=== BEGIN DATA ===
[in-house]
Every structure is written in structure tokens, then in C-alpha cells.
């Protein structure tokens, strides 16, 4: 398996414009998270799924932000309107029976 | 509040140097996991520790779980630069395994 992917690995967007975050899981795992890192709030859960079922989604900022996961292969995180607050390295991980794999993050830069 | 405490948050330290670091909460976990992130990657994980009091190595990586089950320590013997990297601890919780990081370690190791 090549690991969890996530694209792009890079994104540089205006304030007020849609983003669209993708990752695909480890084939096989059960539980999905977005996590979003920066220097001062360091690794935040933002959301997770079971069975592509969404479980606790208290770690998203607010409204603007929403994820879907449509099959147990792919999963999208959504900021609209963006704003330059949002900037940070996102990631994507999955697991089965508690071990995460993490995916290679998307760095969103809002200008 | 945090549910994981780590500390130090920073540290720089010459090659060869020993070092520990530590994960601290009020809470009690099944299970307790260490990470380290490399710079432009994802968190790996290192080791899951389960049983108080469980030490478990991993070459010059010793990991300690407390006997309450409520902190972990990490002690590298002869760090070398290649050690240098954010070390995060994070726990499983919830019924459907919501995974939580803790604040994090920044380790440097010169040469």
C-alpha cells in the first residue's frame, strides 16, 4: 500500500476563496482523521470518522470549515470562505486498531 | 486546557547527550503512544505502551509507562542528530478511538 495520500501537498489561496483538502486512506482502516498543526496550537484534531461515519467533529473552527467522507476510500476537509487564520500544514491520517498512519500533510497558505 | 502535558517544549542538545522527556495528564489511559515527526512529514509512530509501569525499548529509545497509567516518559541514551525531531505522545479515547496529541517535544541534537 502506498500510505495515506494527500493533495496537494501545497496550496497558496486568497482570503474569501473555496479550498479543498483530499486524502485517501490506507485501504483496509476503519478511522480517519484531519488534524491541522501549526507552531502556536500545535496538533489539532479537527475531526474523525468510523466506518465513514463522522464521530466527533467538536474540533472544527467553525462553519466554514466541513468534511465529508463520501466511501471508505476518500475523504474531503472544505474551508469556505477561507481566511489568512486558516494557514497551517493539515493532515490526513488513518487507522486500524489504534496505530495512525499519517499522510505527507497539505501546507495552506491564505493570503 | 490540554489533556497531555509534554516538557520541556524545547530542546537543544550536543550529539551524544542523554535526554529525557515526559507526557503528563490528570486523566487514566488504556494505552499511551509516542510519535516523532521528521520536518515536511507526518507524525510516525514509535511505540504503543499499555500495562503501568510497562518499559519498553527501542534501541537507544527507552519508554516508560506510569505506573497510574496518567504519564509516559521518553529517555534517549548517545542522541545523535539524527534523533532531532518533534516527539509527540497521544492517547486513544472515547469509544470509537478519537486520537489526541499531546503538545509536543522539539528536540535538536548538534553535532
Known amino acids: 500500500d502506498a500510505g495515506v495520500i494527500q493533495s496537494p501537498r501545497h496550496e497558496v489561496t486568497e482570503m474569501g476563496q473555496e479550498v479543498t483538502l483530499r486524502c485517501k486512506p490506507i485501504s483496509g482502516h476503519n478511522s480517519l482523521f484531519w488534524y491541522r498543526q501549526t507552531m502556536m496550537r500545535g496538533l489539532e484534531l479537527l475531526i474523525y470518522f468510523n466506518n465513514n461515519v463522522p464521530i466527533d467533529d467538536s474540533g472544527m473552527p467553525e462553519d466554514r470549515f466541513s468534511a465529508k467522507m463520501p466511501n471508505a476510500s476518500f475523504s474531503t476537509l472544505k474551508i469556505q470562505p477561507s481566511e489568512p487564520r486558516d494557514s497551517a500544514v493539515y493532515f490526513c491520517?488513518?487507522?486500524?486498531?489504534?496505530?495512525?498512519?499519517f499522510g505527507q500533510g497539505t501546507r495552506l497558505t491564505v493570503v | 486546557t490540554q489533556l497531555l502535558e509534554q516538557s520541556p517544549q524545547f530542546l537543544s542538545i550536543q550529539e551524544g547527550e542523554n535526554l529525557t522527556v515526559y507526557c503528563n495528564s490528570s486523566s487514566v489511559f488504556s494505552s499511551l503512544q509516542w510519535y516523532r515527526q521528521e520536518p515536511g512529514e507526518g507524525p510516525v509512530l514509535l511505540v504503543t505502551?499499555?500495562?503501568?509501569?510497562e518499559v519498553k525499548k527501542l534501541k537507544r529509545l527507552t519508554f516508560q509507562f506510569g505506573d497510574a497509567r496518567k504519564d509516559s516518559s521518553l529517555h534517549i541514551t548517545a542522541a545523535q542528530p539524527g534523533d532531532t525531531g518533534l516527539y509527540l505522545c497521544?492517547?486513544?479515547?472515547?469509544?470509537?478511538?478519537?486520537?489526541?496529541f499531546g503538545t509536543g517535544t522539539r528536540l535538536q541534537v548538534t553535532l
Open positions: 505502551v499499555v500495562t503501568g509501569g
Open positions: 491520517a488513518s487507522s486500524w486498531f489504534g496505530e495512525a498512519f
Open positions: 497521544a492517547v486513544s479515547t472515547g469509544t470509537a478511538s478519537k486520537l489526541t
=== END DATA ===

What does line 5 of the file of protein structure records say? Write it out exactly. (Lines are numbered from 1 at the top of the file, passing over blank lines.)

Known amino acids: 500500500d502506498a500510505g495515506v495520500i494527500q493533495s496537494p501537498r501545497h496550496e497558496v489561496t486568497e482570503m474569501g476563496q473555496e479550498v479543498t483538502l483530499r486524502c485517501k486512506p490506507i485501504s483496509g482502516h476503519n478511522s480517519l482523521f484531519w488534524y491541522r498543526q501549526t507552531m502556536m496550537r500545535g496538533l489539532e484534531l479537527l475531526i474523525y470518522f468510523n466506518n465513514n461515519v463522522p464521530i466527533d467533529d467538536s474540533g472544527m473552527p467553525e462553519d466554514r470549515f466541513s468534511a465529508k467522507m463520501p466511501n471508505a476510500s476518500f475523504s474531503t476537509l472544505k474551508i469556505q470562505p477561507s481566511e489568512p487564520r486558516d494557514s497551517a500544514v493539515y493532515f490526513c491520517?488513518?487507522?486500524?486498531?489504534?496505530?495512525?498512519?499519517f499522510g505527507q500533510g497539505t501546507r495552506l497558505t491564505v493570503v | 486546557t490540554q489533556l497531555l502535558e509534554q516538557s520541556p517544549q524545547f530542546l537543544s542538545i550536543q550529539e551524544g547527550e542523554n535526554l529525557t522527556v515526559y507526557c503528563n495528564s490528570s486523566s487514566v489511559f488504556s494505552s499511551l503512544q509516542w510519535y516523532r515527526q521528521e520536518p515536511g512529514e507526518g507524525p510516525v509512530l514509535l511505540v504503543t505502551?499499555?500495562?503501568?509501569?510497562e518499559v519498553k525499548k527501542l534501541k537507544r529509545l527507552t519508554f516508560q509507562f506510569g505506573d497510574a497509567r496518567k504519564d509516559s516518559s521518553l529517555h534517549i541514551t548517545a542522541a545523535q542528530p539524527g534523533d532531532t525531531g518533534l516527539y509527540l505522545c497521544?492517547?486513544?479515547?472515547?469509544?470509537?478511538?478519537?486520537?489526541?496529541f499531546g503538545t509536543g517535544t522539539r528536540l535538536q541534537v548538534t553535532l